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Monday, September 6, 2010

Tragic crime made worse with Eliason verdict

The following letter was published in the Sunday (9/5/10) edition of the Herald Palladium in St. Joseph, Michigan.  This young man, Dakotah Eliason, was convicted of first degree murder and sentenced to life without the possibility of parole by the same court that sentenced Efren to die in prison 21 years ago.  Both youngsters were tried in Berrien County, as adults, with less than adequate defense, and a prosecutor who was determined to procure a verdict of first degree murder, even though they were only 14 & 15 at the times of the crimes.  We should look to other countries for guidance, as we are one of the only countries who treat our youth so abominably.


Every once in a while this community is confronted by a tragedy so great it’s hard to get your mind around it. Such is the case with the trial and conviction of 14-year-old Dakotah Eliason for the murder of his stepgrandfather. A family has lost a father and grandfather, a father is going though pain beyond description, and a teenager has lost all his chance at a future with meaning and promise.

In an excellent article Aug. 20 in The Herald-Palladium, Debra Haight reported the reactions of nearly everyone feeling the full impact of this situation.

Briefly, the victim’s daughter said it was a senseless crime that has torn apart a family with no reason why. She said her “Dad was the kindest man you’d ever meet.”

Dakotah’s father said he “couldn’t understand why his son was tried as an adult.” There is disbelief and anguish in his words. “They just ran him through the wringer to prove a point. He’s a 14-year-old juvenile who will never have another chance to live free.”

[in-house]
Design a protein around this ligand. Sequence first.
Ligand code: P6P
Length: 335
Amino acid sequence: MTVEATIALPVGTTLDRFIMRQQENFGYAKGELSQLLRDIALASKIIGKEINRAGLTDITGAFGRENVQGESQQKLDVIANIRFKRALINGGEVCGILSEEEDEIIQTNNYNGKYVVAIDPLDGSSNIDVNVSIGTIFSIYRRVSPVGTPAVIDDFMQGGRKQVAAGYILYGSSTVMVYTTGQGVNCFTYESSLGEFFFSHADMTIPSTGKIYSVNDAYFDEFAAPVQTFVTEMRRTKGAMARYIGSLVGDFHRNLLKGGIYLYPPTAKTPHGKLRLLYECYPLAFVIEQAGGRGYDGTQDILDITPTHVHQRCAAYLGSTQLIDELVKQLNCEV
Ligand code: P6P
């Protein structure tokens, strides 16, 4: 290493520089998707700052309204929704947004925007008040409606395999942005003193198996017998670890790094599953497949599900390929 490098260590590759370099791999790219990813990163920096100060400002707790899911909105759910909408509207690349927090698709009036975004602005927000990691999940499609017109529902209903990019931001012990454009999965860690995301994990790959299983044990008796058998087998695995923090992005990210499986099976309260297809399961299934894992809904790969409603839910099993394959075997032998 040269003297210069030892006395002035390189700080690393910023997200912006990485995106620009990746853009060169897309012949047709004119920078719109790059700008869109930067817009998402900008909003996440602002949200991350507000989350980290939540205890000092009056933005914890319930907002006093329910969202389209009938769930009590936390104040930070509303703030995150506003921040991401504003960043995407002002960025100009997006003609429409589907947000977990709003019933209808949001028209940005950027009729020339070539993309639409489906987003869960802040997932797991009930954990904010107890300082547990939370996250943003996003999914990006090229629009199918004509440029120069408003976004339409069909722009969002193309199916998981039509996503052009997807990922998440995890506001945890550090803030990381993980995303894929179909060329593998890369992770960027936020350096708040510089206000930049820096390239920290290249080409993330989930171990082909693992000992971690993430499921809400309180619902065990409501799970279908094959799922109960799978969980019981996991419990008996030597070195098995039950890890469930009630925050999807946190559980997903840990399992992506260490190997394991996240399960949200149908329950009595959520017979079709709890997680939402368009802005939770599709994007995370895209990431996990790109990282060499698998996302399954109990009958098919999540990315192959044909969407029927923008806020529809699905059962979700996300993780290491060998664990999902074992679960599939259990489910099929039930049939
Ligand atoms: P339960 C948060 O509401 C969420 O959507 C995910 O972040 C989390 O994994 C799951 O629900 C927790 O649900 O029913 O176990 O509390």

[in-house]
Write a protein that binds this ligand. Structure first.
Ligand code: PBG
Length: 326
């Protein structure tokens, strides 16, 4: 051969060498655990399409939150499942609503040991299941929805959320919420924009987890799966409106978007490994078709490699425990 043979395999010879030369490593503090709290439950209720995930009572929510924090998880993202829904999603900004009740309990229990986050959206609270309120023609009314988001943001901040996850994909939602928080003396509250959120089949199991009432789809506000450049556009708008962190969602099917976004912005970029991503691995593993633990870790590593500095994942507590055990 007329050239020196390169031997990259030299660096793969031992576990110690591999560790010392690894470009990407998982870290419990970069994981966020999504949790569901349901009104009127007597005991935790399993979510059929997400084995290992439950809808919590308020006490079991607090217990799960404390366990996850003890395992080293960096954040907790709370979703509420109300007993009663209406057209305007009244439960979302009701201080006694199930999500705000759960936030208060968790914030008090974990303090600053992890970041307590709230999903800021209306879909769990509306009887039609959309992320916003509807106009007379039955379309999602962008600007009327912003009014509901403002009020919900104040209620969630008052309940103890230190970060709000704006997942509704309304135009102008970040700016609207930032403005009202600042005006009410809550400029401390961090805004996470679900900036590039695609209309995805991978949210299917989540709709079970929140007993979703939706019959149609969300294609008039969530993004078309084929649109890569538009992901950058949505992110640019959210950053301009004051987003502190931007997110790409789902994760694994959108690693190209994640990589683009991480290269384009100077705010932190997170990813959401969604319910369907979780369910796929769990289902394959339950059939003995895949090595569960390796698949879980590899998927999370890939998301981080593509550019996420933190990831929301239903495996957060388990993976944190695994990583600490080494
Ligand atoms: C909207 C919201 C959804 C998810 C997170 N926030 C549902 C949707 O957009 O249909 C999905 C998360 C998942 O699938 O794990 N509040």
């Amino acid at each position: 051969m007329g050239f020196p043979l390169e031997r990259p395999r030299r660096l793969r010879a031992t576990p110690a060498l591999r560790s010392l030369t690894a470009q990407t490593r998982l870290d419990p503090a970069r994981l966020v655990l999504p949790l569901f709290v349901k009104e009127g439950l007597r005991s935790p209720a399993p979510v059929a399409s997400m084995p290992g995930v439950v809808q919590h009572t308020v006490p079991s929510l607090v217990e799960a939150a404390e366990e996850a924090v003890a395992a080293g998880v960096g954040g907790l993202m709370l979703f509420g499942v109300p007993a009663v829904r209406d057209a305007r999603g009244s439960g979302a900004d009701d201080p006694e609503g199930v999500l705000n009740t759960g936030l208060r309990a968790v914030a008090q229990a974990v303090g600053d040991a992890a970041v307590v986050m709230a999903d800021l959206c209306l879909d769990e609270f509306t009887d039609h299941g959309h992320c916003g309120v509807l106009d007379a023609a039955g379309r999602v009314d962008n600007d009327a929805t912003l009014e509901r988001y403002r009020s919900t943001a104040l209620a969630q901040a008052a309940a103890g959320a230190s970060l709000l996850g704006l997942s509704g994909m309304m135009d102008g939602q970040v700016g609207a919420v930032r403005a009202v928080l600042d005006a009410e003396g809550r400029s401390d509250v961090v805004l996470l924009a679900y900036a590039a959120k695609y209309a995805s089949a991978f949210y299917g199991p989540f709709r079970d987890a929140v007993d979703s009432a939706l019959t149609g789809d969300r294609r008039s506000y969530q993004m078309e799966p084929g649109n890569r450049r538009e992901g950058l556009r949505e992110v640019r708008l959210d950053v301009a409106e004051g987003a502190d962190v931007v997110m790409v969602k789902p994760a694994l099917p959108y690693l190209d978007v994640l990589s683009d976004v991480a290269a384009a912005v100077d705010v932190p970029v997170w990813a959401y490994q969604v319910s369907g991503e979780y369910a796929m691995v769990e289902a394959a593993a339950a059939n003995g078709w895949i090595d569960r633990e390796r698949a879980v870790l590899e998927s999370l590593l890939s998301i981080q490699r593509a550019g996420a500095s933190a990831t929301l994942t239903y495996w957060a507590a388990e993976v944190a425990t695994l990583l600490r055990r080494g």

The defense attorney felt he had presented a good case for second-degree murder, but the prosecutor said, “This was cold, willful, premeditated murder. A verdict of first degree murder ...would be the correct one given the facts of the case.”

Twelve jurors watched a video of Dakotah made right after he was arrested and found they agreed with the prosecutor. I don’t know what you, the readers, think, but if you have a 14-year-old son, or nephew, or grandson, or neighbor, I would suggest you take a good look at him before you decide. Personally, I don’t think this society should just give up on a person that young. There are too many other options if we have the will, the hope and the compassion to try.

And, yes, there is one other voice that hasn’t been heard.

One that was silenced forever, if we let it be. But maybe those closest to him, his family, his friends, can tell us what he would say if he could. What would Dakotah’s stepgrandfather, Jesse Miles (the victim of this senseless crime and the “kindest man you’d ever meet,”) – what would he say?

Charlotte Holton St. Joseph